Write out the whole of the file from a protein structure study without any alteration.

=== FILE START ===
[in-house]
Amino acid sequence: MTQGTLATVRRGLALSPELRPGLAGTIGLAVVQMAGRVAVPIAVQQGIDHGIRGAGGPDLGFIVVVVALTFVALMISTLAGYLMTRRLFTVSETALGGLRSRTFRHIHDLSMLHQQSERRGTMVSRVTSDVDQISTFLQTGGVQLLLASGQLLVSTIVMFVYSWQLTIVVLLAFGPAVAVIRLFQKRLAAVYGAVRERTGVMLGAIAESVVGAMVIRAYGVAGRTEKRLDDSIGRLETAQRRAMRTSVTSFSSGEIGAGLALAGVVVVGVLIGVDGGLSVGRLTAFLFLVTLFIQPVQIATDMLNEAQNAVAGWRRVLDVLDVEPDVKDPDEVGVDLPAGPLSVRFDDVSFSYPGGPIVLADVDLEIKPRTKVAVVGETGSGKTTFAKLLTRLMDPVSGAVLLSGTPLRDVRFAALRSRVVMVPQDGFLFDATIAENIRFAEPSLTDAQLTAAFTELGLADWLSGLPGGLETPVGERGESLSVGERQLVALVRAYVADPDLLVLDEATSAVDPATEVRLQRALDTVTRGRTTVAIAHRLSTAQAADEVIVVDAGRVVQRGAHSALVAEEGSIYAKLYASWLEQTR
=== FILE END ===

[in-house]
Amino acid sequence: MTQGTLATVRRGLALSPELRPGLAGTIGLAVVQMAGRVAVPIAVQQGIDHGIRGAGGPDLGFIVVVVALTFVALMISTLAGYLMTRRLFTVSETALGGLRSRTFRHIHDLSMLHQQSERRGTMVSRVTSDVDQISTFLQTGGVQLLLASGQLLVSTIVMFVYSWQLTIVVLLAFGPAVAVIRLFQKRLAAVYGAVRERTGVMLGAIAESVVGAMVIRAYGVAGRTEKRLDDSIGRLETAQRRAMRTSVTSFSSGEIGAGLALAGVVVVGVLIGVDGGLSVGRLTAFLFLVTLFIQPVQIATDMLNEAQNAVAGWRRVLDVLDVEPDVKDPDEVGVDLPAGPLSVRFDDVSFSYPGGPIVLADVDLEIKPRTKVAVVGETGSGKTTFAKLLTRLMDPVSGAVLLSGTPLRDVRFAALRSRVVMVPQDGFLFDATIAENIRFAEPSLTDAQLTAAFTELGLADWLSGLPGGLETPVGERGESLSVGERQLVALVRAYVADPDLLVLDEATSAVDPATEVRLQRALDTVTRGRTTVAIAHRLSTAQAADEVIVVDAGRVVQRGAHSALVAEEGSIYAKLYASWLEQTR